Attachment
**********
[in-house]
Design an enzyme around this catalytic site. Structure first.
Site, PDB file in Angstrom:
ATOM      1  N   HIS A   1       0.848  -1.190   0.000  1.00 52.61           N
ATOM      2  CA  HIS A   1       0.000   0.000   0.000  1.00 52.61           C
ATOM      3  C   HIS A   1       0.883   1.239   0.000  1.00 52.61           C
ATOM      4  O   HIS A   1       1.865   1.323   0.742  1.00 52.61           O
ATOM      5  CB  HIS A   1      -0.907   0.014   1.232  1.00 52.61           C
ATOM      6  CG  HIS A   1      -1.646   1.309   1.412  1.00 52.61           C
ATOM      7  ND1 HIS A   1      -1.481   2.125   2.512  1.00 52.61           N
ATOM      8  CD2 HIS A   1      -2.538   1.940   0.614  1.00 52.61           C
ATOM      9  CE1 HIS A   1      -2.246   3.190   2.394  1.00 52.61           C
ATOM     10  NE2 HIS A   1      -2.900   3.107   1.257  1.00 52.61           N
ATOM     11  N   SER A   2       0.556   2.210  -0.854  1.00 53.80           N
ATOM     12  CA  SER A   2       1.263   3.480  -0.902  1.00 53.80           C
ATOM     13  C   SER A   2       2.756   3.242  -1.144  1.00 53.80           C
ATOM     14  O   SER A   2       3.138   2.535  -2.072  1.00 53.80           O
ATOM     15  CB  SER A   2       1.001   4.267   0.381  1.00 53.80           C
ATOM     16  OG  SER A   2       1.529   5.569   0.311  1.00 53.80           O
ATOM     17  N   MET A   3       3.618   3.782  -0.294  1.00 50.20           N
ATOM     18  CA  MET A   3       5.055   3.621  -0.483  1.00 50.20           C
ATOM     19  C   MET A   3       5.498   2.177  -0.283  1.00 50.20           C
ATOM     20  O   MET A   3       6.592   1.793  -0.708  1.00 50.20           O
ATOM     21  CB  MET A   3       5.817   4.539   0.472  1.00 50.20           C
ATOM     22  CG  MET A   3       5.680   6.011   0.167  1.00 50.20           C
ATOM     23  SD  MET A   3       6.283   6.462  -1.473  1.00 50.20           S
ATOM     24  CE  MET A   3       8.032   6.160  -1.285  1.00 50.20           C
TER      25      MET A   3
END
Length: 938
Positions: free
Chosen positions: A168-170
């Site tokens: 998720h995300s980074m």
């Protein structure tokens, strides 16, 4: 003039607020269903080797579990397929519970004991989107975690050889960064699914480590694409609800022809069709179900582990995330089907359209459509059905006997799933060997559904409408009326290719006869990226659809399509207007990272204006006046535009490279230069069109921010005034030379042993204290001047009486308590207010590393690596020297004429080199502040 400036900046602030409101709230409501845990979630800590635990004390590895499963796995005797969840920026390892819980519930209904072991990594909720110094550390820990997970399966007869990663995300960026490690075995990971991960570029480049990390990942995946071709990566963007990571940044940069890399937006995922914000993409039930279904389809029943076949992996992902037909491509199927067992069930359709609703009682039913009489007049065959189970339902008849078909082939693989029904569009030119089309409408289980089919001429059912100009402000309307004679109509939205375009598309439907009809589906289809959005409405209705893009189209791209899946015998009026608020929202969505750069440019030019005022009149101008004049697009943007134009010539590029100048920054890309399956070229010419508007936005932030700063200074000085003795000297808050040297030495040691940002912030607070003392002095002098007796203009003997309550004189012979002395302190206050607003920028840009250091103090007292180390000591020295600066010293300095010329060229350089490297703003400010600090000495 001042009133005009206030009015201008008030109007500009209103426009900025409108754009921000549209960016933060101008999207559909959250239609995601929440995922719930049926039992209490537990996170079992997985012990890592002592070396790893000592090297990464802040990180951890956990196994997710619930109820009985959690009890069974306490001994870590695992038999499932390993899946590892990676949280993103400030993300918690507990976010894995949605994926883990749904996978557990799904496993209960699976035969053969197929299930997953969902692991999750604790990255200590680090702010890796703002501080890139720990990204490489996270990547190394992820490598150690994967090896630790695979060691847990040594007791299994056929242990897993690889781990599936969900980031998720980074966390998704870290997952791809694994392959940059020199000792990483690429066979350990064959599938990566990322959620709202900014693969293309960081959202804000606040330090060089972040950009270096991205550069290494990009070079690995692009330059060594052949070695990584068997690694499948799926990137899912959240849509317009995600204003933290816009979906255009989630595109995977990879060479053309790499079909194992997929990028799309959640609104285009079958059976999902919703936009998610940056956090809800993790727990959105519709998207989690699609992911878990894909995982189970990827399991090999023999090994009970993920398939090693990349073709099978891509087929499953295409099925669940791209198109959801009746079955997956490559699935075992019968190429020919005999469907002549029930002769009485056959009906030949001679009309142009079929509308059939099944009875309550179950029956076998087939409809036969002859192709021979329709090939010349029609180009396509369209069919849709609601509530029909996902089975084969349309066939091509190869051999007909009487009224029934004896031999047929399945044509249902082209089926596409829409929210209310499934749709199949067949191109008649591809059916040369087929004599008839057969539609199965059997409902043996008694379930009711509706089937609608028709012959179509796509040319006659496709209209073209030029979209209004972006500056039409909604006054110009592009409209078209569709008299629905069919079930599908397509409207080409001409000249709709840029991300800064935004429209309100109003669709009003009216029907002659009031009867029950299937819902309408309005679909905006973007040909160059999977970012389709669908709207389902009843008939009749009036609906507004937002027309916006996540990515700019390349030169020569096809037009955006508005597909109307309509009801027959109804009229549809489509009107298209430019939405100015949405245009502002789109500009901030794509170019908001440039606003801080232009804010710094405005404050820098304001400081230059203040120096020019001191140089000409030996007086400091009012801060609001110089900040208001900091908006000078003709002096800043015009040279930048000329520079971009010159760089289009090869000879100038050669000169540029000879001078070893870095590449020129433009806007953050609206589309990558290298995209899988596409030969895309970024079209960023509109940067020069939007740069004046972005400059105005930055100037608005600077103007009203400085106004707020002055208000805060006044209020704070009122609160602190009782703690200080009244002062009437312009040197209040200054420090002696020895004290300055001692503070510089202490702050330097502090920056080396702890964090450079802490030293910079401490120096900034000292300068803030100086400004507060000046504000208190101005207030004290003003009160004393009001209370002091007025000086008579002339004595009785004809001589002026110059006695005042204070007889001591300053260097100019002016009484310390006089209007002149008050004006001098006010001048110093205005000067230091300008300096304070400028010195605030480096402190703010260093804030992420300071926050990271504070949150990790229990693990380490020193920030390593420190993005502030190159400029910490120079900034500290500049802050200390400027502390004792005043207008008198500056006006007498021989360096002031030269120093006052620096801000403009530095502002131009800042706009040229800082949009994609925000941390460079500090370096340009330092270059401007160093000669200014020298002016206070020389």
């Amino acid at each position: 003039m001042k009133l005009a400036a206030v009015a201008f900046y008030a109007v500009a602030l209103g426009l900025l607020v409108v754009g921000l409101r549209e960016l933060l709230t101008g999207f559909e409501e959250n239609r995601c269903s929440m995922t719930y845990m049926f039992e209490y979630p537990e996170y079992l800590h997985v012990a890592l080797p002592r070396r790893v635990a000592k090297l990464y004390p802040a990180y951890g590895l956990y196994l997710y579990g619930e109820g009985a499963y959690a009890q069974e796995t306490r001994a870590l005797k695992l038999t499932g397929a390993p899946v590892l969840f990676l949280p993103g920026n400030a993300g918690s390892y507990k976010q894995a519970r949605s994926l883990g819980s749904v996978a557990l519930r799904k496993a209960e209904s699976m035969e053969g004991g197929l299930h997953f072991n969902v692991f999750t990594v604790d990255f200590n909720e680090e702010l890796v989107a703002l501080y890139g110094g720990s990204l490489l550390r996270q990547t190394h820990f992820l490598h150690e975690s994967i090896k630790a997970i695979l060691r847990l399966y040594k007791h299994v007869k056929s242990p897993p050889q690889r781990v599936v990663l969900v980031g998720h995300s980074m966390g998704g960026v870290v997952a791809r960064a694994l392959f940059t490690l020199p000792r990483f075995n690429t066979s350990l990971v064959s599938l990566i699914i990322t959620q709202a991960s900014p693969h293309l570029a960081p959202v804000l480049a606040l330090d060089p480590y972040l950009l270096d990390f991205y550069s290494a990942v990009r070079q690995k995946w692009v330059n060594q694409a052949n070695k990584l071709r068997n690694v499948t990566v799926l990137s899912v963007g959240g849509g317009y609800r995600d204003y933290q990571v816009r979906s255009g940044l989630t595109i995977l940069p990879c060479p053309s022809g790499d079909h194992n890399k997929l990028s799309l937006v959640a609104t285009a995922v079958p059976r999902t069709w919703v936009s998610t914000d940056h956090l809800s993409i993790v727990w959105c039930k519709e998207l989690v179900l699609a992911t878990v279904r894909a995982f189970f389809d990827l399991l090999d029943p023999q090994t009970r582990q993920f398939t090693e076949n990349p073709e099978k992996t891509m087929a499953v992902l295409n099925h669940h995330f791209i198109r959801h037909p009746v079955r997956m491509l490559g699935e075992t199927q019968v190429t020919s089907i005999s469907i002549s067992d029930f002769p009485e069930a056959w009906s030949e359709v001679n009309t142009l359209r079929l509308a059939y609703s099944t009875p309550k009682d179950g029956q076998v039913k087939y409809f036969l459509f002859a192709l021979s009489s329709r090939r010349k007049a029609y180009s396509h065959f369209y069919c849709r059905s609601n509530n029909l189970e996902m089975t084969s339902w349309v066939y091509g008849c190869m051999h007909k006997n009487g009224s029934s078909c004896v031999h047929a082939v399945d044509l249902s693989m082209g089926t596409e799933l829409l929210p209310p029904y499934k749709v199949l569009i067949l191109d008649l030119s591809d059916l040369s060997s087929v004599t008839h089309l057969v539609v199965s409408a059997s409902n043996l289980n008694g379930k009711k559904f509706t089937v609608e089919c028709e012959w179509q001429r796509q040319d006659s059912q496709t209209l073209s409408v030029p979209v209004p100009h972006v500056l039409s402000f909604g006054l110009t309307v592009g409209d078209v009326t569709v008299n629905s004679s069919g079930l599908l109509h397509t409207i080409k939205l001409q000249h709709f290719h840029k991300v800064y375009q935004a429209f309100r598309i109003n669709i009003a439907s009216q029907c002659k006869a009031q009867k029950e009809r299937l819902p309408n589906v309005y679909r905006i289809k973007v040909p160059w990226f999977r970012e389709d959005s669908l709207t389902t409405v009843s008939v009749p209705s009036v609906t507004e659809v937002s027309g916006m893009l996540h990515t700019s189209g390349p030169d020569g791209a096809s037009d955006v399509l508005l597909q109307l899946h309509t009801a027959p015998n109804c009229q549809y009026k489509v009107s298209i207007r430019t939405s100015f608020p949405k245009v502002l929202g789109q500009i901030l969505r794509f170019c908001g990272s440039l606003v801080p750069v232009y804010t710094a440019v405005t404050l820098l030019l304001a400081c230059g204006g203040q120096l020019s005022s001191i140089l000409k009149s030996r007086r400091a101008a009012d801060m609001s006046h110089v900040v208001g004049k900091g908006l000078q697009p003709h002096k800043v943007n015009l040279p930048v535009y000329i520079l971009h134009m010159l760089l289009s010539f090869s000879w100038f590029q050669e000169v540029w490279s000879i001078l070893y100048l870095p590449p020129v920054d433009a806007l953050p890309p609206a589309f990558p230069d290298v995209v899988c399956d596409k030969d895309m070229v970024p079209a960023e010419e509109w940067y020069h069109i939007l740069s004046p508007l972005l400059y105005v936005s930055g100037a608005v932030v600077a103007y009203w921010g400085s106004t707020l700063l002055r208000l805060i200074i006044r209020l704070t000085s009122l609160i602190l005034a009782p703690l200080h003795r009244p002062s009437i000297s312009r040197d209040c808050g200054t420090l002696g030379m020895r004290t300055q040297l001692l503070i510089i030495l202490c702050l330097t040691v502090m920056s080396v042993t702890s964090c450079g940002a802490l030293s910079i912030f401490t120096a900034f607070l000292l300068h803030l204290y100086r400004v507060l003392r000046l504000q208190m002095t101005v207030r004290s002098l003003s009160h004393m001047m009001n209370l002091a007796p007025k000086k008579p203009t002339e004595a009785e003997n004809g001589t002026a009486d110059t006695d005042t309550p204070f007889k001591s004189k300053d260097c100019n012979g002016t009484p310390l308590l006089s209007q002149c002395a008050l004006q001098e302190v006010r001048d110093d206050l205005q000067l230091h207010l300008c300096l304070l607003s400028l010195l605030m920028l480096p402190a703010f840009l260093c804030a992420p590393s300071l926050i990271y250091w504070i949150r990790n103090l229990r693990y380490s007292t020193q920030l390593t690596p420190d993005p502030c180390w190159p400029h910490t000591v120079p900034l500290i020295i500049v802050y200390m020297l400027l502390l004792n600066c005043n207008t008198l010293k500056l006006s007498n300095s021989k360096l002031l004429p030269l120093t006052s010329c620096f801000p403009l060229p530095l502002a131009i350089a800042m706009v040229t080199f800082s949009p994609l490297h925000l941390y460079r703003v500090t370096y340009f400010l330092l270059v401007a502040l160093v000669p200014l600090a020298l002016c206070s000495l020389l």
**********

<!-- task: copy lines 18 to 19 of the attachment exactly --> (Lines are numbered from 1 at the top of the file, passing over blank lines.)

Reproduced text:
ATOM     15  CB  SER A   2       1.001   4.267   0.381  1.00 53.80           C
ATOM     16  OG  SER A   2       1.529   5.569   0.311  1.00 53.80           O